From Boston's Streets to Bunker Hill: Southern New England Indians in the American Revolution
Crispus Attucks, by Herschel Levit, mural at the Recorder of Deeds building in Washington, D.C., built in 1943.
Crispus Attucks
Crispus Attucks
Illustration accompanied article describing funeral procession for the victims
Boston Gazette and Country Journal
Boston Gazette and Country Journal
The bloody massacre perpetrated on King Street Boston on March 5, 1770, by a party of the 29th Regt., engraved, printed and sold by Paul Revere, Boston.
Bloody Massacre
Bloody Massacre
National Park Service map of Bunker Hill and Breed's Hill battleground north of Boston.
Map of Bunker Hill
Map of Bunker Hill
The Death of General Warren at the Battle of Bunker’s Hill, June 17, 1775.
Death of General Warren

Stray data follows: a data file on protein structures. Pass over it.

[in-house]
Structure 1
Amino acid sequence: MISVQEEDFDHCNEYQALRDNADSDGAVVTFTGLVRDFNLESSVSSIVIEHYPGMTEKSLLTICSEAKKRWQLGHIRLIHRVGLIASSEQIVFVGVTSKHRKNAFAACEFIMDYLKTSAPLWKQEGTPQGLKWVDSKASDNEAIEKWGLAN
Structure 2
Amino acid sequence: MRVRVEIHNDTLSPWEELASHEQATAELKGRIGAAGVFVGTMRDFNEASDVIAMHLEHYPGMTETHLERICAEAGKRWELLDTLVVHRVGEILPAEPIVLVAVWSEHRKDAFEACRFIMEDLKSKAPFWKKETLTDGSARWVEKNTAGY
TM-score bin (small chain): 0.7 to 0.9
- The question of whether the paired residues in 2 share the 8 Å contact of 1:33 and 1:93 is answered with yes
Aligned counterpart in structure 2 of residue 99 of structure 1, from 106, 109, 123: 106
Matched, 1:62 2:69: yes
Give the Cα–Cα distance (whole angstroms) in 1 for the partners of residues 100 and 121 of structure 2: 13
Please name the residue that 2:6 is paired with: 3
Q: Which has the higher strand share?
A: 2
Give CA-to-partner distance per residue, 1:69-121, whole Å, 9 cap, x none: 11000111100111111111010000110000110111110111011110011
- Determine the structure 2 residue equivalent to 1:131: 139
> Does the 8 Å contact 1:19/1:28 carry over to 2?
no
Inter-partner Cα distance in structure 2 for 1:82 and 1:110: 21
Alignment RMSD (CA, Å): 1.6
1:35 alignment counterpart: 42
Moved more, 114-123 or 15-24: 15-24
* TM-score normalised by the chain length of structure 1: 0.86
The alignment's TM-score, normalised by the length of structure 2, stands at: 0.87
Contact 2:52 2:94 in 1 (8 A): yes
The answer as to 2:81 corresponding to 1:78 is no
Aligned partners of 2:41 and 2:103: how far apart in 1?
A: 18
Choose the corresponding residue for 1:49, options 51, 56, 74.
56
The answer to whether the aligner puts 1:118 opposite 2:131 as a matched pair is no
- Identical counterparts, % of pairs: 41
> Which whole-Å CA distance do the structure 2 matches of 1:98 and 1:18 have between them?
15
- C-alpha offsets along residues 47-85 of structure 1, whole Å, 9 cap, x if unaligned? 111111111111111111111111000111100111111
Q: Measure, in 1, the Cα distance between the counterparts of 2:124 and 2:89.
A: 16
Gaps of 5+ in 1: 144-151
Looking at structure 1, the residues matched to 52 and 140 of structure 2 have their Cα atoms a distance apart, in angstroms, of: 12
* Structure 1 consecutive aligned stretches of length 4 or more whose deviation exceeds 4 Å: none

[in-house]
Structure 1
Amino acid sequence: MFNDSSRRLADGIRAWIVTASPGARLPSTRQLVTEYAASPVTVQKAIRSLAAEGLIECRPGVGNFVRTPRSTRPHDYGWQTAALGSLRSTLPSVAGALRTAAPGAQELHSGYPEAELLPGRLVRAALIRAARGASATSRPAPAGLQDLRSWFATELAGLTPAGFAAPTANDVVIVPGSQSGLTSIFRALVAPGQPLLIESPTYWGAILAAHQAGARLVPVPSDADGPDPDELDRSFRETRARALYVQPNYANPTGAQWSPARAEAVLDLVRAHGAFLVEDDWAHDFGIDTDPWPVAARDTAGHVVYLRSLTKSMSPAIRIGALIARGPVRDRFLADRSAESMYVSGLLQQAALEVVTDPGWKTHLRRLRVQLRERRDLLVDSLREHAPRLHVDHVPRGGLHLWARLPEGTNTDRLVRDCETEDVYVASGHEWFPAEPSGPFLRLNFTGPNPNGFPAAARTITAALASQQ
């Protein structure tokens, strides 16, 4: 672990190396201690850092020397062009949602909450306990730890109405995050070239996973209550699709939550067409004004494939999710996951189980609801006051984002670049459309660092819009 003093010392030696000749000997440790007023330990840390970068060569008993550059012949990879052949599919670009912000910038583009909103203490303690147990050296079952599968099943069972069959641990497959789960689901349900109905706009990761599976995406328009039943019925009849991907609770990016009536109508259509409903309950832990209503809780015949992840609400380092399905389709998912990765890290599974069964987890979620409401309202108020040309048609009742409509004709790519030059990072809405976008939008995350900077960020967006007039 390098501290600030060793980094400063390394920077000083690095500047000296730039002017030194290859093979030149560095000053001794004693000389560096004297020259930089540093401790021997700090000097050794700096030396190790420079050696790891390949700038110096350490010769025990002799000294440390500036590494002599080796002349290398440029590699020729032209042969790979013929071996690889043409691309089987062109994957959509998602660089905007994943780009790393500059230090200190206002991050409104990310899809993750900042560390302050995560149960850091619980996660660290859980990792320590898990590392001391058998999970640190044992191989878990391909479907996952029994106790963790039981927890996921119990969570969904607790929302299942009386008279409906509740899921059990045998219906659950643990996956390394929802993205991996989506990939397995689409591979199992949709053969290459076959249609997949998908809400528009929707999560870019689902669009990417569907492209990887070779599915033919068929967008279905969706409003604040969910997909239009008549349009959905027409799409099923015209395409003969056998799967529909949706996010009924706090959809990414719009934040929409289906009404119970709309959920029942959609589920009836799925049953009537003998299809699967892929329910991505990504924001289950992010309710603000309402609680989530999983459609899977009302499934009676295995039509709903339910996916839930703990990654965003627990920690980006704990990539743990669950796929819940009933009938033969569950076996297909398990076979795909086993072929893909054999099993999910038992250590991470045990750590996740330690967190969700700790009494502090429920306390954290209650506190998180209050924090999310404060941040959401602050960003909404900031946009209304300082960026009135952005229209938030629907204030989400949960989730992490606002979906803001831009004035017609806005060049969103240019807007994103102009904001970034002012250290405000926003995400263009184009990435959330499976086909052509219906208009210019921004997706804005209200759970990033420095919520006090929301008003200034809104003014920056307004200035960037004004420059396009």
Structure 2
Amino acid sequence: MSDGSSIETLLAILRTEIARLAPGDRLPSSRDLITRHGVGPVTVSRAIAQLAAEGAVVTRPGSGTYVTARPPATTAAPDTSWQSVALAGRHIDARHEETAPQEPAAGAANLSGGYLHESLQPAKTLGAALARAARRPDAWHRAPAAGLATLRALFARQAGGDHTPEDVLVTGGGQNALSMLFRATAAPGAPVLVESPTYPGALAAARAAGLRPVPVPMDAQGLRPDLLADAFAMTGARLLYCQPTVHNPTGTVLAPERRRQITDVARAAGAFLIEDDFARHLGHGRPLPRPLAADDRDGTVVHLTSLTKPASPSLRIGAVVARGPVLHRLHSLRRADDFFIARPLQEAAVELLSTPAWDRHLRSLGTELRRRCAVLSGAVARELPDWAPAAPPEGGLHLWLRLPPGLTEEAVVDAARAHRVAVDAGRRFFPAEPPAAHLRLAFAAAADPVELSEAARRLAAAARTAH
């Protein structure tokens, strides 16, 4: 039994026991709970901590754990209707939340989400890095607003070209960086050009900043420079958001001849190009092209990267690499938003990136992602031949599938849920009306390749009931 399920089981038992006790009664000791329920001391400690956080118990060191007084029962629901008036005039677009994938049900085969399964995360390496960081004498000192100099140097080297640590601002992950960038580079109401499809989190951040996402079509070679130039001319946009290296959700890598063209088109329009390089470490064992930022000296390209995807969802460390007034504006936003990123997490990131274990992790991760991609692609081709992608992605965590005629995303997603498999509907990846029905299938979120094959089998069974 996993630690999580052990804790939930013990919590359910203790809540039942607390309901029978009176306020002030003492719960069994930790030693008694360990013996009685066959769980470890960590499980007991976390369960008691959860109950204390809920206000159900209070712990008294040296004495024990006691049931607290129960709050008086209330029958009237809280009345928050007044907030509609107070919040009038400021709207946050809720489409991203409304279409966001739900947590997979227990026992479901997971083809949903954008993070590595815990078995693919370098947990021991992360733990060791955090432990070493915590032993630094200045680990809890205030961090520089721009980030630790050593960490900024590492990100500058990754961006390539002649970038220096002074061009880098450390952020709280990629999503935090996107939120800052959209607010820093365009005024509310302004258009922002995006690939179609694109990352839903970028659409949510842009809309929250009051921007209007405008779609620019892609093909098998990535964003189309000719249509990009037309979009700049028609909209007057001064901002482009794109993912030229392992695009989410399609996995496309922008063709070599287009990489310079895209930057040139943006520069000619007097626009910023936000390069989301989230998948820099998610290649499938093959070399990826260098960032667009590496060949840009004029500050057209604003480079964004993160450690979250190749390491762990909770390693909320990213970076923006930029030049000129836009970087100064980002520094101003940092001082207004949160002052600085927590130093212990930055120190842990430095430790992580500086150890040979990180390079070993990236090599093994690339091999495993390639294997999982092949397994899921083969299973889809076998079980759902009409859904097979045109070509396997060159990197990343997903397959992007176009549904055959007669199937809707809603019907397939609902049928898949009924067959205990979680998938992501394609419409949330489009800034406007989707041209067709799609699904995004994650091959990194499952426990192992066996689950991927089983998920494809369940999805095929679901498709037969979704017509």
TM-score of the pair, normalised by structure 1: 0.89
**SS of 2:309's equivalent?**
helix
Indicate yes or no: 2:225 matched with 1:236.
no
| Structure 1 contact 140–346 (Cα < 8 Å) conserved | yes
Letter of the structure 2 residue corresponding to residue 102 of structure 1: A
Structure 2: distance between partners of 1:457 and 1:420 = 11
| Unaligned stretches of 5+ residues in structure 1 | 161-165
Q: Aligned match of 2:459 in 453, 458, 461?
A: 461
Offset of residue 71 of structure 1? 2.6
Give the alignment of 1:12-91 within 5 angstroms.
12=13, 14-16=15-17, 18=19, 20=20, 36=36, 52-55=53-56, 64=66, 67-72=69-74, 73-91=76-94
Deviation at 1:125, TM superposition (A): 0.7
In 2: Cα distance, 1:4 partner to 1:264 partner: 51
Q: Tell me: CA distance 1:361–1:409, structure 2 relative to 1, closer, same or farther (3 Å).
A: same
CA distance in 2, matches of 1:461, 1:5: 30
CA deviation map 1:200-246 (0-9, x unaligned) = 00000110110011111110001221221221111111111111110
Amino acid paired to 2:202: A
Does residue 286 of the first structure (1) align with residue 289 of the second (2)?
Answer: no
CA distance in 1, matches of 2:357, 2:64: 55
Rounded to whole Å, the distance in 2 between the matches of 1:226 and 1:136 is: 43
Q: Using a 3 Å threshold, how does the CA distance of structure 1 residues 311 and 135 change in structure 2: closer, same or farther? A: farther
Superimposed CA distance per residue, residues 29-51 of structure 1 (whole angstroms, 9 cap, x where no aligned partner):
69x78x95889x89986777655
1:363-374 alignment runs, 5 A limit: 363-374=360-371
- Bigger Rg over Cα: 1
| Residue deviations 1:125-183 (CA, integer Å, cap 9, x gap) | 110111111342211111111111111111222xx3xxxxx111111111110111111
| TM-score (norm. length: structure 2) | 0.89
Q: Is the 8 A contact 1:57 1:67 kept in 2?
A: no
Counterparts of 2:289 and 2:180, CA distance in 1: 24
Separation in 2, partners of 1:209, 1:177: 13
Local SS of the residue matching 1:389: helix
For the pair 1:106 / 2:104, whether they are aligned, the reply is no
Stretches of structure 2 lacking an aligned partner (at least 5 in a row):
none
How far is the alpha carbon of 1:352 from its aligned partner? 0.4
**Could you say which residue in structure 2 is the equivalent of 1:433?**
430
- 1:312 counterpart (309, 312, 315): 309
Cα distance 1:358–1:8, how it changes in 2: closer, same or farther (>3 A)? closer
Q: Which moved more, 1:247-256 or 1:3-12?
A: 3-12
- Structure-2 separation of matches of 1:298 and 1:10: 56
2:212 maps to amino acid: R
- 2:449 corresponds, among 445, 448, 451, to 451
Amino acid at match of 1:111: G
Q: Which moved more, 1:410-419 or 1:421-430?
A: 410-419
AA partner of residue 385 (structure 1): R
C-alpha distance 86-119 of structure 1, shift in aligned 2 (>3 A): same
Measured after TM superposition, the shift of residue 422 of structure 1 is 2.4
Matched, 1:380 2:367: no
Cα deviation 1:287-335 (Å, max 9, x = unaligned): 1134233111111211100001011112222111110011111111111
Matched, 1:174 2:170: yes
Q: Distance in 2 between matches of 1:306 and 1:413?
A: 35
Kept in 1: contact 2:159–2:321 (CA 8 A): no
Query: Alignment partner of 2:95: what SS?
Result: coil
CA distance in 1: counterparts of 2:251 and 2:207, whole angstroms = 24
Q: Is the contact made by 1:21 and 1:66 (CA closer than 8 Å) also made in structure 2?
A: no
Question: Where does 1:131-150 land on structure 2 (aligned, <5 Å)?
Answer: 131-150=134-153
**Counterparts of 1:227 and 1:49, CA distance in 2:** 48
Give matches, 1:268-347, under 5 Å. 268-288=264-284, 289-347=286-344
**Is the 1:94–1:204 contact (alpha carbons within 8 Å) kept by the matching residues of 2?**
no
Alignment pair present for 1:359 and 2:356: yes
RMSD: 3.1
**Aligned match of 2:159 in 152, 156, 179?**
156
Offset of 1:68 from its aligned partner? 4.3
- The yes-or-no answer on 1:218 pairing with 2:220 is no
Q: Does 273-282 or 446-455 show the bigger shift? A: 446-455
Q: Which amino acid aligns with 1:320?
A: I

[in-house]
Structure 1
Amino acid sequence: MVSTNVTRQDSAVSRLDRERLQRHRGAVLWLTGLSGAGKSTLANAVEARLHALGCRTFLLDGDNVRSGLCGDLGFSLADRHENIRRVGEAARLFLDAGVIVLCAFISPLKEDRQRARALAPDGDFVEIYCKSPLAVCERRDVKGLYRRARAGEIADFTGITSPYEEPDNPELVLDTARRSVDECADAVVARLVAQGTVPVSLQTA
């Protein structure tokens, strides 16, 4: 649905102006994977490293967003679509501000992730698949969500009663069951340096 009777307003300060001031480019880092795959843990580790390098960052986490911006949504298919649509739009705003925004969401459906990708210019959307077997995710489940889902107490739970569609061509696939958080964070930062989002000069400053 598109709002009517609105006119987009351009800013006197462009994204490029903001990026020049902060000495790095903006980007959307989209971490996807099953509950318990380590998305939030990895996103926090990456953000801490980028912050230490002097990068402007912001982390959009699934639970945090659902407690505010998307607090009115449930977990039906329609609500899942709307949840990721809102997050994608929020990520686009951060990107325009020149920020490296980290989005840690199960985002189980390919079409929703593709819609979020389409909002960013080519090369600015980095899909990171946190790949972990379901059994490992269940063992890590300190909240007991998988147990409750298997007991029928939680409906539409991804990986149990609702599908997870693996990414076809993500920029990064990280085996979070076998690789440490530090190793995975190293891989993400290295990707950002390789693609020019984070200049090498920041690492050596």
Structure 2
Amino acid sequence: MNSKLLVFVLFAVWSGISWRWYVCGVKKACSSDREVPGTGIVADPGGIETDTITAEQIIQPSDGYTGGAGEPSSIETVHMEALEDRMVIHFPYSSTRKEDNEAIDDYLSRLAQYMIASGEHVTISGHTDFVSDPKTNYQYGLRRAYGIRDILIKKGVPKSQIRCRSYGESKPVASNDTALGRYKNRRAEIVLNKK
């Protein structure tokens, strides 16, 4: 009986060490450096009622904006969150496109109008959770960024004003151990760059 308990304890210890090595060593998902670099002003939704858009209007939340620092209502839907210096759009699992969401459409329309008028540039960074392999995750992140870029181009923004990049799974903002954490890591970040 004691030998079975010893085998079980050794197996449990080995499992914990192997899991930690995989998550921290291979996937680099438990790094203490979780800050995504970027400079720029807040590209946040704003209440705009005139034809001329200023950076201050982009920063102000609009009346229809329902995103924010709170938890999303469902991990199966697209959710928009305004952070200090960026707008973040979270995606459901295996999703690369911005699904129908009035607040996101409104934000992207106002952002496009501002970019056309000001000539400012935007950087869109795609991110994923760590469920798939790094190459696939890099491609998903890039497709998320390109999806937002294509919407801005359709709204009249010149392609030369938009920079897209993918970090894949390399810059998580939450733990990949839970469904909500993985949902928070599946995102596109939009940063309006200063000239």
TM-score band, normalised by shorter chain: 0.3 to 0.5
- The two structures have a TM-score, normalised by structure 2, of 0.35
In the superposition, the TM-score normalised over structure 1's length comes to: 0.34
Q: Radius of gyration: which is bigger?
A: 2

Death of General Warren

It might seem strange that the American Indians of this region fought in this war at all. In the two bloodiest wars of the 17th century – the Pequot War of 1637 and King Philip’s War of 1675–1676 – the area’s Indian population had taken heavy losses. In the 75 years before the American Revolution, these same Indian nations served the British in colonial wars against France, the wars known as King William’s, Queen Anne’s, King George’s and the French and Indian. Their service resulted in further depopulation. By the Revolution, the Indians’ vast landholdings in southern New England had been reduced to small enclaves.

Yet Hassanamisco Nipmuc, Mashpee Wampanoag, Mohegan, Pequot and Stockbridge Indians sent large proportions of their men to join the Revolution. Southern New England Indian participation continued well past the fighting around Boston. They were present in New York at Saratoga in 1777 and as late as the Battle of Fort Griswold in Connecticut in 1781. Many made the ultimate sacrifice. At least 26 Mashpee Wampanoag served in the Continental Army, 23 of whom served at the Battle of Monmouth in central New Jersey in 1778. According to missionary Gideon Hawley and Indian clergyman William Apes, no more than one Mashpee recruit survived the war.